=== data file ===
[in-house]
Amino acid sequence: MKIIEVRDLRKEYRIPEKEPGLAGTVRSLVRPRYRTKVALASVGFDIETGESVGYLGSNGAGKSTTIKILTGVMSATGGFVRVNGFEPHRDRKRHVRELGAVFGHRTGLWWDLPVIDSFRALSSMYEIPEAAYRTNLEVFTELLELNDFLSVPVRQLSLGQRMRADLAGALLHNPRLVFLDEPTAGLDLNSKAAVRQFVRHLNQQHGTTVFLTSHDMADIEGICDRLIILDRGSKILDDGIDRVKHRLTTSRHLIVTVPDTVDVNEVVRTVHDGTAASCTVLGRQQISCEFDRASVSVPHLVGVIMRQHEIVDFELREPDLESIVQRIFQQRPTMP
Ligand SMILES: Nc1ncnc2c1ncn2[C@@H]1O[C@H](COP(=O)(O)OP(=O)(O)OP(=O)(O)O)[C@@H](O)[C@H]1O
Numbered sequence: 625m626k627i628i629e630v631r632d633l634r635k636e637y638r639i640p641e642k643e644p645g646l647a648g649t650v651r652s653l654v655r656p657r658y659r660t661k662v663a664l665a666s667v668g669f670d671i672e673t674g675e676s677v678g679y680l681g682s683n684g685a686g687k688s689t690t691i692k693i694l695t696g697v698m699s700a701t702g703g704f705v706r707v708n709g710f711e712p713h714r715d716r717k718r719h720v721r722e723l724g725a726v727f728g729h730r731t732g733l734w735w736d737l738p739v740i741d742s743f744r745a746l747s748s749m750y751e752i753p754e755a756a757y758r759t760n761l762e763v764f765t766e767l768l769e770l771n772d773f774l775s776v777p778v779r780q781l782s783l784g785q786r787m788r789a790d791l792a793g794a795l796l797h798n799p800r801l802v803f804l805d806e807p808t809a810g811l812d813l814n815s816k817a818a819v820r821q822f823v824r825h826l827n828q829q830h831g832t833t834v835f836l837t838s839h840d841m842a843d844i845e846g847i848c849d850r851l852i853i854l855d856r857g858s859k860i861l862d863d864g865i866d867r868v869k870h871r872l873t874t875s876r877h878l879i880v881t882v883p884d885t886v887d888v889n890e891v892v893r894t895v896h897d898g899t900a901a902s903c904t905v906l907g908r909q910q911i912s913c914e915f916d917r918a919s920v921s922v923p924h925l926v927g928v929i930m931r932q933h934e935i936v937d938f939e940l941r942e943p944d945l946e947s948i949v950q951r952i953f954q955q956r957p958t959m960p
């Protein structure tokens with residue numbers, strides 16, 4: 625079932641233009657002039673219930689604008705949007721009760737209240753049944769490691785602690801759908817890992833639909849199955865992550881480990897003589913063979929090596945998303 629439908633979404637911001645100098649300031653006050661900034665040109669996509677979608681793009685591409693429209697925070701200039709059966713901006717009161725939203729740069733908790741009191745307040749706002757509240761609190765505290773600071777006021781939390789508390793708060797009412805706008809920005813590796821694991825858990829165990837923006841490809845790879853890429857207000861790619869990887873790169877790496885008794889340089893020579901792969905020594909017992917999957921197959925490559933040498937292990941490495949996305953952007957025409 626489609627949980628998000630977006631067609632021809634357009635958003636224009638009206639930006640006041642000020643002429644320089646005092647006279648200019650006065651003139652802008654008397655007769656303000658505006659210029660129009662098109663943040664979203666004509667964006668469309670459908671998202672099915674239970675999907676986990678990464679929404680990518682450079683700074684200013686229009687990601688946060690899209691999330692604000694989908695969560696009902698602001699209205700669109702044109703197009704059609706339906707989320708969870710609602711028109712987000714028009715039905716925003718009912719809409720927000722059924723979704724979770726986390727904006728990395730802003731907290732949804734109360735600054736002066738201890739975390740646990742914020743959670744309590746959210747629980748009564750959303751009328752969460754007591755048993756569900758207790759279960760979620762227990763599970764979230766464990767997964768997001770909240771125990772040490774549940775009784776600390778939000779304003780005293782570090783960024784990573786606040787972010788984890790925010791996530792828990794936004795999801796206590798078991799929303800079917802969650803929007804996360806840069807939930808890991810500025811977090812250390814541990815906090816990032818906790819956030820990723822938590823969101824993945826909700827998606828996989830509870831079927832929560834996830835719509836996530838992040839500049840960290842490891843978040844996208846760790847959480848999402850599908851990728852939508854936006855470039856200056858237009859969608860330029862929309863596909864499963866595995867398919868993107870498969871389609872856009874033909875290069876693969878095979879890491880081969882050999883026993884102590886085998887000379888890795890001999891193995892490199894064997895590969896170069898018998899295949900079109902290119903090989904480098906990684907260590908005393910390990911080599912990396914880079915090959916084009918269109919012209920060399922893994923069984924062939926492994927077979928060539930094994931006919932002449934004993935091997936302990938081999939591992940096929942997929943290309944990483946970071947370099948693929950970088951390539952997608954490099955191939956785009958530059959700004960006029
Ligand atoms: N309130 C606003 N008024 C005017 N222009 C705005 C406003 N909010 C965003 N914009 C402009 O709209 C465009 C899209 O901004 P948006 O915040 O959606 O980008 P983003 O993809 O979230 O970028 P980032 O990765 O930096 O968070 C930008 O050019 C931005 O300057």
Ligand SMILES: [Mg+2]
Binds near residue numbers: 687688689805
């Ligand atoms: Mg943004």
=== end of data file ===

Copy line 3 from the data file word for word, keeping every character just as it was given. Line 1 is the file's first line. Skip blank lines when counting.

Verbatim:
Ligand SMILES: Nc1ncnc2c1ncn2[C@@H]1O[C@H](COP(=O)(O)OP(=O)(O)OP(=O)(O)O)[C@@H](O)[C@H]1O